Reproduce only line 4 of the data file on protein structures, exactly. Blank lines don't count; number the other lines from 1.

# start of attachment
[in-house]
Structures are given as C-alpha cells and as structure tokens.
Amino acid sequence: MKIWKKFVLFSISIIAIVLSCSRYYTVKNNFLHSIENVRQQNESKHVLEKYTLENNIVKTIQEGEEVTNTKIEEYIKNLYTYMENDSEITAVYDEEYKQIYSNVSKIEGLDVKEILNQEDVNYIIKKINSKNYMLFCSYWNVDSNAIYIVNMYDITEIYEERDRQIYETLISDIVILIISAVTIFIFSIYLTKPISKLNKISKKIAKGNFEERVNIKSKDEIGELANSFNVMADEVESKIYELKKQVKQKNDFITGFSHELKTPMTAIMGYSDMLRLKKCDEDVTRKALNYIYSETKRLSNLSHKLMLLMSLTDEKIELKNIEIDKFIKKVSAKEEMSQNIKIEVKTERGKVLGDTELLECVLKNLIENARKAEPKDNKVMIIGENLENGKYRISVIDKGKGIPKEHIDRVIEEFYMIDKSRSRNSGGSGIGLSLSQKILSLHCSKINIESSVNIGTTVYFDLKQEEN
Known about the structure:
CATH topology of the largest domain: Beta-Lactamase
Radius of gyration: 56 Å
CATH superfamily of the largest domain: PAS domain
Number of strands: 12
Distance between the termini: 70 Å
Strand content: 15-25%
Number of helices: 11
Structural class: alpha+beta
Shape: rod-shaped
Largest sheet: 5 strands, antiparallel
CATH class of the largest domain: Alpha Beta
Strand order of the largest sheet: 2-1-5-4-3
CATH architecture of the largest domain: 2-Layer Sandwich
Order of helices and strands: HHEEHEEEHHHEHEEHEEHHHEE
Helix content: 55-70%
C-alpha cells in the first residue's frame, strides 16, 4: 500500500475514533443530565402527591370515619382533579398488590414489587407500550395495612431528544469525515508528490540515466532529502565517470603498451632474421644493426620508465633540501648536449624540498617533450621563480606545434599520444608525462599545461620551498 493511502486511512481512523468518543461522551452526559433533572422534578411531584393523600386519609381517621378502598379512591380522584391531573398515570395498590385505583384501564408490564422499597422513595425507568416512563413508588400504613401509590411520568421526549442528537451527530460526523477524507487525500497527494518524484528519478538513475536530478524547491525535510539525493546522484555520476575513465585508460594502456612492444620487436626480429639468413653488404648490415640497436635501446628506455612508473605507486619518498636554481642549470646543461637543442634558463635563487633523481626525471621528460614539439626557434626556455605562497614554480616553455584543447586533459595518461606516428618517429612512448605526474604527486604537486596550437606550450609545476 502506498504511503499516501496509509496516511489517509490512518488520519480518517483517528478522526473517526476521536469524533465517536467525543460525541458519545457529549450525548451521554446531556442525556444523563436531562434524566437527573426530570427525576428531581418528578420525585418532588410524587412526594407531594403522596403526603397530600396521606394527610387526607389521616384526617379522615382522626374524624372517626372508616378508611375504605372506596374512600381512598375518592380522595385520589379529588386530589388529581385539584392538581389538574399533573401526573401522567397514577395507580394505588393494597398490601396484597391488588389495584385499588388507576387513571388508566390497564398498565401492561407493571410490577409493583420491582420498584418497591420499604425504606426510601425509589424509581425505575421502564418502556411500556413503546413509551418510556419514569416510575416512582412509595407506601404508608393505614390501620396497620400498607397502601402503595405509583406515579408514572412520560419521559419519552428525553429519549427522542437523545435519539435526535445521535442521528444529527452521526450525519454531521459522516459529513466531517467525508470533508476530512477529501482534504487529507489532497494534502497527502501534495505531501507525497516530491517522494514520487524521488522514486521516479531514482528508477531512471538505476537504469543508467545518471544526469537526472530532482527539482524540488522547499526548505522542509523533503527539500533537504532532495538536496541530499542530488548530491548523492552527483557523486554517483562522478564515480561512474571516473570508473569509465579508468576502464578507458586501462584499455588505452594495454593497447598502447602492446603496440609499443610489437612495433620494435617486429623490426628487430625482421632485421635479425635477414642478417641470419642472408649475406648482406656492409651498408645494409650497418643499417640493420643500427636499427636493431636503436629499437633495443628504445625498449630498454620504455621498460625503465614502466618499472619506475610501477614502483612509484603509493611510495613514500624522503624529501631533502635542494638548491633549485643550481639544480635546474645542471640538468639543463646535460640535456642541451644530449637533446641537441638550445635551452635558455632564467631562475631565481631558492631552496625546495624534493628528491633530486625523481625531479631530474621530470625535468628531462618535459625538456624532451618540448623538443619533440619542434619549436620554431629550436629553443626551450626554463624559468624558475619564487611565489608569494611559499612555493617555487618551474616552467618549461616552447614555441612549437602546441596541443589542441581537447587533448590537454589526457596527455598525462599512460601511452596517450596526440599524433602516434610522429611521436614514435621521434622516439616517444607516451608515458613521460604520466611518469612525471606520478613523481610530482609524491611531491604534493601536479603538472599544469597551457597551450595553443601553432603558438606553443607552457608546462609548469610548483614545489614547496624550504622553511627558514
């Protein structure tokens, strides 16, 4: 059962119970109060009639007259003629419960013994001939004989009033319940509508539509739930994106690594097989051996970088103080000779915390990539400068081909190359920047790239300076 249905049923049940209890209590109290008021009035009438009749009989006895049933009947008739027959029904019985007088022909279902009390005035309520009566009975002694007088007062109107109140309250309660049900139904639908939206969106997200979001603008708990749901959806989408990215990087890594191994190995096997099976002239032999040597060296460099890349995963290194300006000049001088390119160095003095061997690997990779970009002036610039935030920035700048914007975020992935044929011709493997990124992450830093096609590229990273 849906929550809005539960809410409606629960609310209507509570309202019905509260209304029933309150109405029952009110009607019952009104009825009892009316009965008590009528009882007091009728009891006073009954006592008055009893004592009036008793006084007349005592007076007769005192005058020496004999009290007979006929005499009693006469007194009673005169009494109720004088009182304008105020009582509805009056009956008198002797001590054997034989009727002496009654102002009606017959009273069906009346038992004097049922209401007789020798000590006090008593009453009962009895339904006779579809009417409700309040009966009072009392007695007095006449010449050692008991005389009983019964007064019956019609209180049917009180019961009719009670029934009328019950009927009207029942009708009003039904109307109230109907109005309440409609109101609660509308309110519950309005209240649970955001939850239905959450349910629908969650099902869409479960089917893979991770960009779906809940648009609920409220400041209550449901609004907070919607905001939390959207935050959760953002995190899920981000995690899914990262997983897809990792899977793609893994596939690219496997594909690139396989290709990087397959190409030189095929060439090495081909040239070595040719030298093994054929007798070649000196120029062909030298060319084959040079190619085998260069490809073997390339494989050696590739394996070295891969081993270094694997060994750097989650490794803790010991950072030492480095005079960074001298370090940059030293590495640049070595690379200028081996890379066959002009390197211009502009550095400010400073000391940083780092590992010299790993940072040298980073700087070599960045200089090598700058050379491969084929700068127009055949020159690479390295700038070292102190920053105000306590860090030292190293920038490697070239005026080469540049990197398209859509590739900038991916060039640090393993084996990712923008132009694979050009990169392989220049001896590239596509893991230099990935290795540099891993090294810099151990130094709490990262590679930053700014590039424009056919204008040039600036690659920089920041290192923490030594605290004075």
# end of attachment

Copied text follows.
Known about the structure: